Further developments include the formation of the Joint Combating Drugs Unit in 2021, bringing together multiple government departments and charged with monitoring implementation of the 10-year drugs plan, headed by a dedicated Combating Drugs Minister. The introduction of the Serious Violence Duty in 2022 represented another notable step, as did the 2023 commitment to roll out the ‘Clear, Hold, Build’ pilot across England and Wales as an end-to-end partnership approach to tackling organised crime at the local level.

What Comes Next?

The government cannot afford to be as passive about drug markets in the next decade. A range of potential shifts in the threat will need to be planned for and mitigated. These include the impacts of the 2022 Taliban ban on opium poppy cultivation in Afghanistan; given that the country accounts for the vast majority of heroin in UK markets, any gaps risk being filled by dangerous synthetic opioids. A 95% decline in opium cultivation and production in Afghanistan was registered from 2022–23 and, while there are not yet signs of a shortage in the UK, this could soon be felt. The methamphetamine threat must also be monitored, with production in Afghanistan – as well as the Netherlands – increasing.

Meanwhile, key issues persist around the management of the UK cannabis market. Here, consumption remains high and debates around decriminalisation continue. Crucially, alongside increased imports from the US and Canada, industrial-scale illegal domestic cannabis cultivation and the attendant links to modern slavery and human trafficking, robbery and energy theft continue to present complex challenges.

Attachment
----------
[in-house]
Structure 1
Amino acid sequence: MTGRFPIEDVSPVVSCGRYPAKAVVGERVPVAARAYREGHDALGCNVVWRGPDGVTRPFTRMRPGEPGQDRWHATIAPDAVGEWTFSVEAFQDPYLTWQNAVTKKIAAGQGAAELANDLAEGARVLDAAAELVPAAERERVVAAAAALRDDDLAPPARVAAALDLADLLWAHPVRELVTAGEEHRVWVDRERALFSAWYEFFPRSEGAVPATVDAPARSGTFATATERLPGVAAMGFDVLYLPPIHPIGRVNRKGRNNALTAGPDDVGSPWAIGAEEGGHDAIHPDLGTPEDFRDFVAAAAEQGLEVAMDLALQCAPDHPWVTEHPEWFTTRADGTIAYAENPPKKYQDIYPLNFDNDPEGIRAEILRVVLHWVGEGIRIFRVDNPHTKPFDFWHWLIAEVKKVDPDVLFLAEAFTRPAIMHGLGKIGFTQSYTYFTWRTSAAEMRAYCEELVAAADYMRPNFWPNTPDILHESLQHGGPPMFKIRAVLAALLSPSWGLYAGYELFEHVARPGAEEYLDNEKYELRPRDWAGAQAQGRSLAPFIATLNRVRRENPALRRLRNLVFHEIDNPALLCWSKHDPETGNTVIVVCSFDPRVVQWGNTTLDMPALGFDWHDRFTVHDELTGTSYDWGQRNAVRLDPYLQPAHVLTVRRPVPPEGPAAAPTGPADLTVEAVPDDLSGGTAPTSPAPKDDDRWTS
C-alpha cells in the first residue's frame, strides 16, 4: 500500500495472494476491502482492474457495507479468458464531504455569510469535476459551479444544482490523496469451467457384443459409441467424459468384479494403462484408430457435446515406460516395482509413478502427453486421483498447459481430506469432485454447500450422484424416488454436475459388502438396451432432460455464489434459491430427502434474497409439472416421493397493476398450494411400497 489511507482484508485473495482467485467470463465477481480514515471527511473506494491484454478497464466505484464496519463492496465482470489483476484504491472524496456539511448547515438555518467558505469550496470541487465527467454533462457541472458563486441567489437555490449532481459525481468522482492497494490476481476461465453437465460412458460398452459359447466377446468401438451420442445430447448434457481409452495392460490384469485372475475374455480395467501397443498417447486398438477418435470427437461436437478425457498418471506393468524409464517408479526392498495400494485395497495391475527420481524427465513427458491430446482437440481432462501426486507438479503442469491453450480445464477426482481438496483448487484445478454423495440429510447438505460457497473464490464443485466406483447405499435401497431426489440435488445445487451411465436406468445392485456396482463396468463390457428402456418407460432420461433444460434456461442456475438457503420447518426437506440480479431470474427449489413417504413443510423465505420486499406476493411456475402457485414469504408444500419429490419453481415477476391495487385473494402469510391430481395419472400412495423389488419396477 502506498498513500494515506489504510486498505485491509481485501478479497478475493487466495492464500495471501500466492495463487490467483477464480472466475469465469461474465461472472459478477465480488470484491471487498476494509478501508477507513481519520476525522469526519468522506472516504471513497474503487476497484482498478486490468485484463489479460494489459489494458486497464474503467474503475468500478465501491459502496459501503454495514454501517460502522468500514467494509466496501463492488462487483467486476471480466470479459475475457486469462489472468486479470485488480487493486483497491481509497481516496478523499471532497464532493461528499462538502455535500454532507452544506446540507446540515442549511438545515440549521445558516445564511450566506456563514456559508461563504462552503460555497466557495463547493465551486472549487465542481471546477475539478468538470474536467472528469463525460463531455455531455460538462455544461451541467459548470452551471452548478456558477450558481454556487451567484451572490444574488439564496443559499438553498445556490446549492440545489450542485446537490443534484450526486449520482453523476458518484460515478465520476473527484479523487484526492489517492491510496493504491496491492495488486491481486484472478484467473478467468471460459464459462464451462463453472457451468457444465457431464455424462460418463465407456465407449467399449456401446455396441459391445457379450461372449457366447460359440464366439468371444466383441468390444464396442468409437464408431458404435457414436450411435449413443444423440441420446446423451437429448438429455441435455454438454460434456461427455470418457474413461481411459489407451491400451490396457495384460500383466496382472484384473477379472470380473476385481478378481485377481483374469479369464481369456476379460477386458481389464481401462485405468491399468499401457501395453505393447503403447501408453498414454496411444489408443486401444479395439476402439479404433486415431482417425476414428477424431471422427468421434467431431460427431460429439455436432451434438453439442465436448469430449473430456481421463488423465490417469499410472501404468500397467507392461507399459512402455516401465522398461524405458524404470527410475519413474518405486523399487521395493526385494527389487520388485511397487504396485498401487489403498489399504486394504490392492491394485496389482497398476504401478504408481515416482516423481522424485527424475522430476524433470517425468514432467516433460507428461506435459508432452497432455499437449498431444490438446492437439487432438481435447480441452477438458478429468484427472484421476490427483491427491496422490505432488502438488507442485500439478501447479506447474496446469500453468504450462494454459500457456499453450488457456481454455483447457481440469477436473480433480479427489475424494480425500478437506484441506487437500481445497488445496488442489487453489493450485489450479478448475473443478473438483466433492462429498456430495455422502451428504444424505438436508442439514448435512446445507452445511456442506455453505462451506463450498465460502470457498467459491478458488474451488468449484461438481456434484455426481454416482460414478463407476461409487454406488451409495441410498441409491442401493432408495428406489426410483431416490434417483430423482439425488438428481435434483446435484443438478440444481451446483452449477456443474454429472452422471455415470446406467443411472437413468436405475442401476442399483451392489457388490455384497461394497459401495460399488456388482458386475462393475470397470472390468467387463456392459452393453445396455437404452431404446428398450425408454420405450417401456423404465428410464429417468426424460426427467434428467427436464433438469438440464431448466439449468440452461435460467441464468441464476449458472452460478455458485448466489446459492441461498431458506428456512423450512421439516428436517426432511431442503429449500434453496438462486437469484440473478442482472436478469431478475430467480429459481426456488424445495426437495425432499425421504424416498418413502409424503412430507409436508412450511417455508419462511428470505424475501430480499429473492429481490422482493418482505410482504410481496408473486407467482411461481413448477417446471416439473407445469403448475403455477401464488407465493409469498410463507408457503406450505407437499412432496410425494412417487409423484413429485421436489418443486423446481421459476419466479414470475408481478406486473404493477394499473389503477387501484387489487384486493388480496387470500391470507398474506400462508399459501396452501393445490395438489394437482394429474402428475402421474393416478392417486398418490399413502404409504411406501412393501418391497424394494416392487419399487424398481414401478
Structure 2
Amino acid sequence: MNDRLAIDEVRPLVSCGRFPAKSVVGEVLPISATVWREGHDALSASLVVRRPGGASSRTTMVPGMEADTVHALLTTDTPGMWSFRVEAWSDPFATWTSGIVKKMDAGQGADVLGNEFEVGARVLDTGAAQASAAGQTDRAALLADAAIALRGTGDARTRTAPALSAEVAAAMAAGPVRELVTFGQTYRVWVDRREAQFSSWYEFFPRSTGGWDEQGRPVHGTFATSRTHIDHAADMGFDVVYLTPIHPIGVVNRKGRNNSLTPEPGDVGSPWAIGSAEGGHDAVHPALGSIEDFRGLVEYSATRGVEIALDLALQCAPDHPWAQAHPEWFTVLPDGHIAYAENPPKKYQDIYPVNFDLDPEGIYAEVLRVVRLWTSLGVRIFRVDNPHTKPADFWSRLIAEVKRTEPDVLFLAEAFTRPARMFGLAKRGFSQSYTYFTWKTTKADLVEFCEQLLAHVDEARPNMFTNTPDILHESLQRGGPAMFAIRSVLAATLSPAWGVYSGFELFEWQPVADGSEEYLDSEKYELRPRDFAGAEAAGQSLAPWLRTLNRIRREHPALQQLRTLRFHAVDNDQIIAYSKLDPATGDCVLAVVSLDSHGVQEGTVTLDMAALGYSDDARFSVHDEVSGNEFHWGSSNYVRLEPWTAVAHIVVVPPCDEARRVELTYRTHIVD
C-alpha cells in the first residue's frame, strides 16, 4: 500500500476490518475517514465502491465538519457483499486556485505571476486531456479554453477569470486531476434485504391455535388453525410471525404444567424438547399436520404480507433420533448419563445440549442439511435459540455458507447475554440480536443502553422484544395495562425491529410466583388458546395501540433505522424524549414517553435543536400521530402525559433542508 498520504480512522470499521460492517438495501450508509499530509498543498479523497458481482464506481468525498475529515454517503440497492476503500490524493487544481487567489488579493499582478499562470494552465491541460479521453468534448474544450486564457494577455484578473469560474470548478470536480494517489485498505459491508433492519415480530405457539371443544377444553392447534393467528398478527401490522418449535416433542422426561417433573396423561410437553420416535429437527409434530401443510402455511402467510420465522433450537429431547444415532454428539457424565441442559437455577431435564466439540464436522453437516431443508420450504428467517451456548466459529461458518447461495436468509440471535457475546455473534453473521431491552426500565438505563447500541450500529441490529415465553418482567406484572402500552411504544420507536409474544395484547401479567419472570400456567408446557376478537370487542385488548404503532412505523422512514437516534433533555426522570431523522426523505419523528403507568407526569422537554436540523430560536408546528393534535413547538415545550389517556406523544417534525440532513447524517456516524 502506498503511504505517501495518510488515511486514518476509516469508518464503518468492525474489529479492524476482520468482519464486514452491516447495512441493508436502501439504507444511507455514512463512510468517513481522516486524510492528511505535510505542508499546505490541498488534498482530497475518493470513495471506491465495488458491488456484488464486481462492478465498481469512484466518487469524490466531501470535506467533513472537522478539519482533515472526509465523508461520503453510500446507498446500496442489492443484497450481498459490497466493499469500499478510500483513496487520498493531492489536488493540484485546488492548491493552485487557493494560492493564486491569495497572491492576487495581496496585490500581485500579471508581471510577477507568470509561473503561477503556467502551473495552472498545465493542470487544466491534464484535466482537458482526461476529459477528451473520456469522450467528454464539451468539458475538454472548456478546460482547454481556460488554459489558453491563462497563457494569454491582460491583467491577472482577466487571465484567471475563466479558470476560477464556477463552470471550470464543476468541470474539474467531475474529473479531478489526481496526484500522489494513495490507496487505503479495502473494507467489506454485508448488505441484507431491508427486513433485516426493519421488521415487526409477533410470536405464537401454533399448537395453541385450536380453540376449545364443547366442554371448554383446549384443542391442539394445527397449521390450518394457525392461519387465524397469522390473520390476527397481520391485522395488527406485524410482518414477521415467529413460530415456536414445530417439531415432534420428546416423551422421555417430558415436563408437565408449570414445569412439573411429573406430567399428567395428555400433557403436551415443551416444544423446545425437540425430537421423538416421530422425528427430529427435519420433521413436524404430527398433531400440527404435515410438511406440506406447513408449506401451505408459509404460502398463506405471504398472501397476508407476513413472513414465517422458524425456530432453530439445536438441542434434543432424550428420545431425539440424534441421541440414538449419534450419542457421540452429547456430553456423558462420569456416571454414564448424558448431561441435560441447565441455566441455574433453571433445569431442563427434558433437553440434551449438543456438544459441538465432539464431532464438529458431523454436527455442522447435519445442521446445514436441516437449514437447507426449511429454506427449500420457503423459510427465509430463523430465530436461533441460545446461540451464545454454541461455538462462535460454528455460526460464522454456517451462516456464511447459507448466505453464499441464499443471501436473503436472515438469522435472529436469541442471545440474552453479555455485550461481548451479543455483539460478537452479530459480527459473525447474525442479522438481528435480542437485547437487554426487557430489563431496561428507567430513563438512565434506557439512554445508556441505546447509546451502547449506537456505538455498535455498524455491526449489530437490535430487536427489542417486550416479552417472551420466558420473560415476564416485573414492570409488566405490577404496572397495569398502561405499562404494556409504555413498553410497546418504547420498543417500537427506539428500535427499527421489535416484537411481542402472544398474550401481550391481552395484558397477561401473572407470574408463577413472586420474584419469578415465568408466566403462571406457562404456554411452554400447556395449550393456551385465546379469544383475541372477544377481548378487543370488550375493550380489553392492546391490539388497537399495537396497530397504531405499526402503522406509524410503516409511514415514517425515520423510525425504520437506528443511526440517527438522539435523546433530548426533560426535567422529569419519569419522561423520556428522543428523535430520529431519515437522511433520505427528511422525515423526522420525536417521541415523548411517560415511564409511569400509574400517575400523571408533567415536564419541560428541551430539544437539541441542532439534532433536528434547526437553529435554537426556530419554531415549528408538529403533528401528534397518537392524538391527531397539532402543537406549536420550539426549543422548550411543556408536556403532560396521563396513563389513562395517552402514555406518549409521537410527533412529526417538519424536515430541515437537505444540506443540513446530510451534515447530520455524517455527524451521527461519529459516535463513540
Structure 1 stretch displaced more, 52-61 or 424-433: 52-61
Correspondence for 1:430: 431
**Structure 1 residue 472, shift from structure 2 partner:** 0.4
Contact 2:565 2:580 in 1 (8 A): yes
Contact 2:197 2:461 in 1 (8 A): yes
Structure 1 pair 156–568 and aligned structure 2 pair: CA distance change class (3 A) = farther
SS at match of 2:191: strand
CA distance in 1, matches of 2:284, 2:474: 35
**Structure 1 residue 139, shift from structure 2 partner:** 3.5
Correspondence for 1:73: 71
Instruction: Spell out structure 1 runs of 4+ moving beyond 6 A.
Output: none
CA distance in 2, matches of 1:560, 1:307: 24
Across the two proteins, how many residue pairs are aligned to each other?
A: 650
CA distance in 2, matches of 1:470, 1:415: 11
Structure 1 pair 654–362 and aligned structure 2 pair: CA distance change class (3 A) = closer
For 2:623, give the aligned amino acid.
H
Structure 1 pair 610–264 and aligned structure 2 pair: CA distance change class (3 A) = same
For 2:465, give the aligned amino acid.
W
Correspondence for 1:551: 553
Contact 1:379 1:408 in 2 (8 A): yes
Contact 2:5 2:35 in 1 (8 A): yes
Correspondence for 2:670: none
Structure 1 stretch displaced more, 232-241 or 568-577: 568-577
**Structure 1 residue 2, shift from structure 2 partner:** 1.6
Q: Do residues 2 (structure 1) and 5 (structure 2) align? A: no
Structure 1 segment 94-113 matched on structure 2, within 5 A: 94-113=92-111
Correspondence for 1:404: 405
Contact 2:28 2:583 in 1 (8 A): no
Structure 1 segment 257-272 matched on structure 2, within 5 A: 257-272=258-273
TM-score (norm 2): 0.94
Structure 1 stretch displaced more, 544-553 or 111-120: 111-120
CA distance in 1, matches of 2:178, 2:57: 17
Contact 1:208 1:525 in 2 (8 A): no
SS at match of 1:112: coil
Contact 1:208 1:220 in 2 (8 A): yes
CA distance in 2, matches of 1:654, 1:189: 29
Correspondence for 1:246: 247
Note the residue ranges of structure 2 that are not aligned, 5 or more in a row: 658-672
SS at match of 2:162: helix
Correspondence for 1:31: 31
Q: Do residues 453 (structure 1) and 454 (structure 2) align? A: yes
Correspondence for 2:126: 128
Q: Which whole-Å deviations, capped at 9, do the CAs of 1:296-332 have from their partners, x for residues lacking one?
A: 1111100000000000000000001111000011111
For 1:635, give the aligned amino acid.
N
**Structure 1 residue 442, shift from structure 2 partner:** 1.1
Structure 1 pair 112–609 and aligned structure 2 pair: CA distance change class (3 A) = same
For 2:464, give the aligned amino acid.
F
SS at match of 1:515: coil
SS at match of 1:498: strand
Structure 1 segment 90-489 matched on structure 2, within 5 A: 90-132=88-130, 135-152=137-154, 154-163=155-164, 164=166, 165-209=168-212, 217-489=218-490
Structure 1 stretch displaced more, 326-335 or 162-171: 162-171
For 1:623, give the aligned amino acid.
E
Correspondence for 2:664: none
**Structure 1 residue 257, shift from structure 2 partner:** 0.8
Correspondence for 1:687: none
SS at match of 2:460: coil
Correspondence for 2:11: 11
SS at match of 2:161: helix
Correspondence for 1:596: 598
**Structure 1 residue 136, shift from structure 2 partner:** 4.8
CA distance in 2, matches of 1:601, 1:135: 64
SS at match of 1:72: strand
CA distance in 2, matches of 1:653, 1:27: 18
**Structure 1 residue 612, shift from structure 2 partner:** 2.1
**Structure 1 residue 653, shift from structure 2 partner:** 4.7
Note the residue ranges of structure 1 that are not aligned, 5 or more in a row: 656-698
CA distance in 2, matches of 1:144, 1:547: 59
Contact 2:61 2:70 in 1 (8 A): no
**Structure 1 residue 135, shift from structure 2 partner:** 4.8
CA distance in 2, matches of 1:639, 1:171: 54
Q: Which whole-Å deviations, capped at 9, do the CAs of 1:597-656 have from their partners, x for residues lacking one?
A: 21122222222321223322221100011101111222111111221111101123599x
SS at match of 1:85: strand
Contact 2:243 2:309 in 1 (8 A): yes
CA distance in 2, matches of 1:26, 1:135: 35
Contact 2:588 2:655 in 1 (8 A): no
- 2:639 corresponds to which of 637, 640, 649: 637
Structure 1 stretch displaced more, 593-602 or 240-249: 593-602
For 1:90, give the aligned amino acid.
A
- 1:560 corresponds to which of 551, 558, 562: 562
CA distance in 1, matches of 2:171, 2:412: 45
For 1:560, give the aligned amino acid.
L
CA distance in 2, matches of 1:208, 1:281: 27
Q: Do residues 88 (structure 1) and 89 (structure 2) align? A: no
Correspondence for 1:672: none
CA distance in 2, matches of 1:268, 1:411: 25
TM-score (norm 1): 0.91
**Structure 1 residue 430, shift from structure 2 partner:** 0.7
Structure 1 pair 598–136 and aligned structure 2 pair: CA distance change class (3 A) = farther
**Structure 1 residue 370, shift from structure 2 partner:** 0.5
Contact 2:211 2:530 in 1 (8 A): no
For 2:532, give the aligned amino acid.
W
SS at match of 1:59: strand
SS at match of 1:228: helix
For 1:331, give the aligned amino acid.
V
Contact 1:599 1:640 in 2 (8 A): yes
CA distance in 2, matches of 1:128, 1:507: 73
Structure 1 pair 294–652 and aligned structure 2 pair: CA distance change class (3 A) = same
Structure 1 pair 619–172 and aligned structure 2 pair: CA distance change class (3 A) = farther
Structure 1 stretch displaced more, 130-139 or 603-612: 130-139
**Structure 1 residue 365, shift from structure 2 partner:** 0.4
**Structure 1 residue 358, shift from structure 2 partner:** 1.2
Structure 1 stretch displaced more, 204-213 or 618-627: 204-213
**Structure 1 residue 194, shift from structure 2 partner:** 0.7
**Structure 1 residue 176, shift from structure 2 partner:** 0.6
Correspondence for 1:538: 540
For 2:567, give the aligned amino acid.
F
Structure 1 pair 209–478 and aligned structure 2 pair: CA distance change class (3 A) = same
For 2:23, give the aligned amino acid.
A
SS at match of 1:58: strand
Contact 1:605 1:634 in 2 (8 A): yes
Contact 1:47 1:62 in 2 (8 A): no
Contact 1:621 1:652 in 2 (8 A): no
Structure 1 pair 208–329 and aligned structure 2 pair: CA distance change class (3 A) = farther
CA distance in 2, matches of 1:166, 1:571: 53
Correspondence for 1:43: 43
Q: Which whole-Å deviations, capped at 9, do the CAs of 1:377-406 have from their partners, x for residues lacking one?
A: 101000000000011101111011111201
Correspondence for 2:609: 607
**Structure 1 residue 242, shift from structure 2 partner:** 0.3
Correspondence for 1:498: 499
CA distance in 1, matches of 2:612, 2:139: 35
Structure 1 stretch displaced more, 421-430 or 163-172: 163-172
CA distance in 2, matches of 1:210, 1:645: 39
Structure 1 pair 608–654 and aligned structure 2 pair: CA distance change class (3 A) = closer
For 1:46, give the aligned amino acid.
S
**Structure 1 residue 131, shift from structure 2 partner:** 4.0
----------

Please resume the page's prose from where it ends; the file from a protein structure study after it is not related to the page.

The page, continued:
Domestic production in other areas must also continue to be monitored. In late 2022, the discovery of a suspected functioning ketamine lab in Essex – able to produce significant quantities – highlighted another aspect of this threat. In 2023, the NCA warned of a growing ketamine threat, with the market likely to be ‘larger in the UK than previously understood’.

Finally, greater action is needed on chemical precursors, particularly for drugs that have yet to take hold in the UK. Here, a scaling up of support for the strengthening of legislation in key countries could help address threats in advance.

Supply-side action must be taken amid sustained effort in other areas. Reflecting on developments since 2021, Black noted that ‘although encouraged by the progress … I would like us to be more agile in the years ahead’. She called for increased ambition – particularly around prevention – looking ‘beyond drug-specific interventions at the wider factors affecting young people, such as school attendance, economic opportunity, and recreation’.

Key to achieving this will be a sustained and determined focus on advancing commitments across the 10-year drugs plan, building on the foundations established in areas such as prevention and the treatment and recovery priority. Amid soaring costs to society and record highs in drug-related deaths through misuse, the public health of the UK depends on it.

The views expressed in this Commentary are the authors’, and do not represent those of RUSI or any other institution.

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Cathy Haenlein

Director of Organised Crime and Policing Studies

Organised Crime and Policing

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Harvey Redgrave